The Ethics of Organ Transplants: The Current Debate

By Arthur L. Caplan; Daniel H. Coelho | Go to book overview

15. Presumed Consent:
The Solution to the
Critical Donor Shortage?

Laurie G. Futterman

What the evolutionary structure of the Metaphysics of Quality shows is that there is not just one moral system. There are many. There is the morality called the "laws of nature," by which inorganic patterns triumph over chaos; there is morality called the "law of the jungle," where biology triumphs over the inorganic forces of starvation and death; there is morality where social patterns triumph over biology, "the law"; and there is an intellectual morality, which is still struggling in its attempts to control society. 1

The concept of exchanging body parts through transplantation is part of early medical lore. Previously considered experimental, transplantation for end‐ stage organ disease is now the standard intervention for patients who no longer respond to conventional medical or surgical therapies. Since its inception and application, organ transplantation has been scrutinized by medical professionals and by the public.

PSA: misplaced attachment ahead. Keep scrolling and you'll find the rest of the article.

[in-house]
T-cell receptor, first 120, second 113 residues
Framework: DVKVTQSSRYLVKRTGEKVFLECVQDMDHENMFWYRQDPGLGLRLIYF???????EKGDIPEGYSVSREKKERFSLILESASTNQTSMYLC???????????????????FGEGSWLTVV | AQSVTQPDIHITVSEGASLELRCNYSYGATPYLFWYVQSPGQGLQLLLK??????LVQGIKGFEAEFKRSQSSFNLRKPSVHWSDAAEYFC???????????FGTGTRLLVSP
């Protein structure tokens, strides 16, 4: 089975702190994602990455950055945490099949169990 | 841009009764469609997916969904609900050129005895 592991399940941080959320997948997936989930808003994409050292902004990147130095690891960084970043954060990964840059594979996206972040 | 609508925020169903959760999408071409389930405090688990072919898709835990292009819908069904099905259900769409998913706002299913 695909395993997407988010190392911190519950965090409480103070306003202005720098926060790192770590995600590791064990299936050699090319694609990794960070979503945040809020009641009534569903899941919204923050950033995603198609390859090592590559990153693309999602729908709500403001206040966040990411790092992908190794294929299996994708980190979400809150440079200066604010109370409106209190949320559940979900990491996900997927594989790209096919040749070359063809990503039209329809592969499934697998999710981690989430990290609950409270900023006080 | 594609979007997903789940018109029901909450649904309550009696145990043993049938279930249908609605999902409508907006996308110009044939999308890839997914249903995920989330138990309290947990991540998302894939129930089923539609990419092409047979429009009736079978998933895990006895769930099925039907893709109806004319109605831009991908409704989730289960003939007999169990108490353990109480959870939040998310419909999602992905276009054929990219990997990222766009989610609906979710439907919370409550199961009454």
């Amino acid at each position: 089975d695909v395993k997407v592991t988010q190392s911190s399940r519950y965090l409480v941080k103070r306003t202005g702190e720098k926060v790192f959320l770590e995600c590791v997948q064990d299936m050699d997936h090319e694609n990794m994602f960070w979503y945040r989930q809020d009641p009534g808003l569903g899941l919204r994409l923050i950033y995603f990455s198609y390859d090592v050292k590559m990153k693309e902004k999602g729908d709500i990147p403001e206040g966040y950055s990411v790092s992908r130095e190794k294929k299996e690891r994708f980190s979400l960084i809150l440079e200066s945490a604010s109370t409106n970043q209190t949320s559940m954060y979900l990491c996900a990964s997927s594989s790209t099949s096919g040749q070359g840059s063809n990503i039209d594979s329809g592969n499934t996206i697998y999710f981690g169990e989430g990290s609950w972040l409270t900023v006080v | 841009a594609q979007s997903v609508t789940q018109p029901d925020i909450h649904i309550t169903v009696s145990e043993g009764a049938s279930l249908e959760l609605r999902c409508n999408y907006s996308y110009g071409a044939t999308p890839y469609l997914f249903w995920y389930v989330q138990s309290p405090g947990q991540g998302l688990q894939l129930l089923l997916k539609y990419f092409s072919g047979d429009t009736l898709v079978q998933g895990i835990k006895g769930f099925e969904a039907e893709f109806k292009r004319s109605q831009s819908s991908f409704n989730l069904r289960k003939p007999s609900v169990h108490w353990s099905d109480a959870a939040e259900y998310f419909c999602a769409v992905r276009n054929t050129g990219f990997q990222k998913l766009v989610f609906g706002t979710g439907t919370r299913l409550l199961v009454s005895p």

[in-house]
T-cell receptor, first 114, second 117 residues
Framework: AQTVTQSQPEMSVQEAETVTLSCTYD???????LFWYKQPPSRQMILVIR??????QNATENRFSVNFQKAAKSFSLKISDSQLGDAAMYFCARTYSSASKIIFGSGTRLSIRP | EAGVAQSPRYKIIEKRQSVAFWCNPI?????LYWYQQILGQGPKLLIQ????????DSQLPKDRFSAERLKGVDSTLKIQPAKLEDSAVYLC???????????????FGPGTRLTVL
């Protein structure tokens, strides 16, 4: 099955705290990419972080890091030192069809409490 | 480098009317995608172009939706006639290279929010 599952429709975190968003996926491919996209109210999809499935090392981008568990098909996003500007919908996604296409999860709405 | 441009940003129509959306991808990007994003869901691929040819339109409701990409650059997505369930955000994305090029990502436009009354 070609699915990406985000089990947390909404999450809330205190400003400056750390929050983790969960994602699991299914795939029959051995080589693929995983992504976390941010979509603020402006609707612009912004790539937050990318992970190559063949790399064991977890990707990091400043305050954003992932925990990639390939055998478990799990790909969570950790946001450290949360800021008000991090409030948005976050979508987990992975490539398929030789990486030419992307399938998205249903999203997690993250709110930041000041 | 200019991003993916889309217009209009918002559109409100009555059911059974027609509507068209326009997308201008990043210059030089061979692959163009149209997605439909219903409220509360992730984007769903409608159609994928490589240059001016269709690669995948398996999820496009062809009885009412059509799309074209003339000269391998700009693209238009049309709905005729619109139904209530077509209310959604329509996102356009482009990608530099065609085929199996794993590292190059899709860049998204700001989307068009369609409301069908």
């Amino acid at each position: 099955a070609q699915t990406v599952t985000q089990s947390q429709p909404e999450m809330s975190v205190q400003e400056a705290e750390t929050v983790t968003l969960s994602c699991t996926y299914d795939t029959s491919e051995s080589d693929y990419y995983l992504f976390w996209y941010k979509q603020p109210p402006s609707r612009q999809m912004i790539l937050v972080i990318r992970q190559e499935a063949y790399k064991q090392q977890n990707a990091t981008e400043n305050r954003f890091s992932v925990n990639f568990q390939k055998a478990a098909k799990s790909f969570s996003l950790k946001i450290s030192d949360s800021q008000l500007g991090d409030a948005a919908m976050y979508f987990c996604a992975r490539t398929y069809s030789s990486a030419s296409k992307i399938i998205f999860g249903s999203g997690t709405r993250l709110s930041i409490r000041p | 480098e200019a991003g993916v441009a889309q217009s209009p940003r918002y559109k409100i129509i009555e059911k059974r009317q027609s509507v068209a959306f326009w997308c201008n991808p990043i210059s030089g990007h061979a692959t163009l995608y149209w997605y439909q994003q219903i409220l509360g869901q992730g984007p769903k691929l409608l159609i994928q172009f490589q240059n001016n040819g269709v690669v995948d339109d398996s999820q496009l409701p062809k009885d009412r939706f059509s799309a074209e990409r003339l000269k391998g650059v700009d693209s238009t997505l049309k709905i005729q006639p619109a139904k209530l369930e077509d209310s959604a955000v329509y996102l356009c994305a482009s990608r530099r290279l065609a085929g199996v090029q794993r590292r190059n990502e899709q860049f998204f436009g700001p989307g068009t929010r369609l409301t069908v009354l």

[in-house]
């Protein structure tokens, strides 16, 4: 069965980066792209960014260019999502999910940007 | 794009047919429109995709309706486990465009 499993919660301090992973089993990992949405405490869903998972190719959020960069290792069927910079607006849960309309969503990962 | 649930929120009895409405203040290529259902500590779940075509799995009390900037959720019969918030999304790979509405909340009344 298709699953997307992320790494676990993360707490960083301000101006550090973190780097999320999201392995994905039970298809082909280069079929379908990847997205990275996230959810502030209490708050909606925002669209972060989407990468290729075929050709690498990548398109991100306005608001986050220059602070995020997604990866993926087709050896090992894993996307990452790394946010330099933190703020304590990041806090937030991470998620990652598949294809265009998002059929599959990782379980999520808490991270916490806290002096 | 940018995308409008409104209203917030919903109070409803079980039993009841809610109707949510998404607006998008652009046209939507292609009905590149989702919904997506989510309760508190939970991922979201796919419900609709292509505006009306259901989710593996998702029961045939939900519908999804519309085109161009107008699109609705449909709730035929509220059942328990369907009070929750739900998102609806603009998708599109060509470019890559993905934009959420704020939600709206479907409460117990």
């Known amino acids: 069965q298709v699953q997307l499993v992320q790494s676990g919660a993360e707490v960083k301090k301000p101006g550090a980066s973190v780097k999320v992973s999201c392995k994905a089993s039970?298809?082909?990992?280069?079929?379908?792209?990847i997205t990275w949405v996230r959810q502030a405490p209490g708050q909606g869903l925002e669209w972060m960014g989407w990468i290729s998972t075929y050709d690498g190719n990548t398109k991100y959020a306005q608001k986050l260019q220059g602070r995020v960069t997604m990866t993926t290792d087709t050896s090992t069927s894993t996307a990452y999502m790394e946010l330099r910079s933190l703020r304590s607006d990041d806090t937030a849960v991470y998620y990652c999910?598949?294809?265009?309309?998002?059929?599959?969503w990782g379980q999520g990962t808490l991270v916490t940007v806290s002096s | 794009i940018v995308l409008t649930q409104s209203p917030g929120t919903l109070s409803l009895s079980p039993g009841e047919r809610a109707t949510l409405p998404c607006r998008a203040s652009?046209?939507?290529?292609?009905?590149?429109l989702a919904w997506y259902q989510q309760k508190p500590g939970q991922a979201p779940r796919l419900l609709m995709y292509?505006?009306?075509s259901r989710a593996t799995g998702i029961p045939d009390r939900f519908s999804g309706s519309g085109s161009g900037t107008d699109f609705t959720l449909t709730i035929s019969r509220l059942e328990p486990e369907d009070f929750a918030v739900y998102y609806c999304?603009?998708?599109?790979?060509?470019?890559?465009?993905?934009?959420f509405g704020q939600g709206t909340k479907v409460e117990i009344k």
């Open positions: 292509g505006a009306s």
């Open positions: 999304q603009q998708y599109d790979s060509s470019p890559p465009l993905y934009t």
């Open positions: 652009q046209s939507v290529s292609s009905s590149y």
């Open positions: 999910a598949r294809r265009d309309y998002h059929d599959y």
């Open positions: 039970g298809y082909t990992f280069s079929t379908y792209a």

Extraordinary advances in science and medicine such as transplantation of human tissues bring about previously unimaginable societal benefits, but also create profound implications involving autonomy and belonging, opposing moral considerations, and legal concerns. In a situation in which technology is changing faster than our values, the issue of salvaging organs from the dead to meet the escalating need of human organs for transplantation has evolved into an intricate web of interdisciplinary concerns and value conflict, in which right and wrong are only opinions.

This organ supply-demand disparity and the call for its resolution have

____________________
Reprinted by permission of Alternative Therapies in Health and Medicine, American Journal of Critical Care 4, no. 2 ( September 1995): 383-88.

-161-

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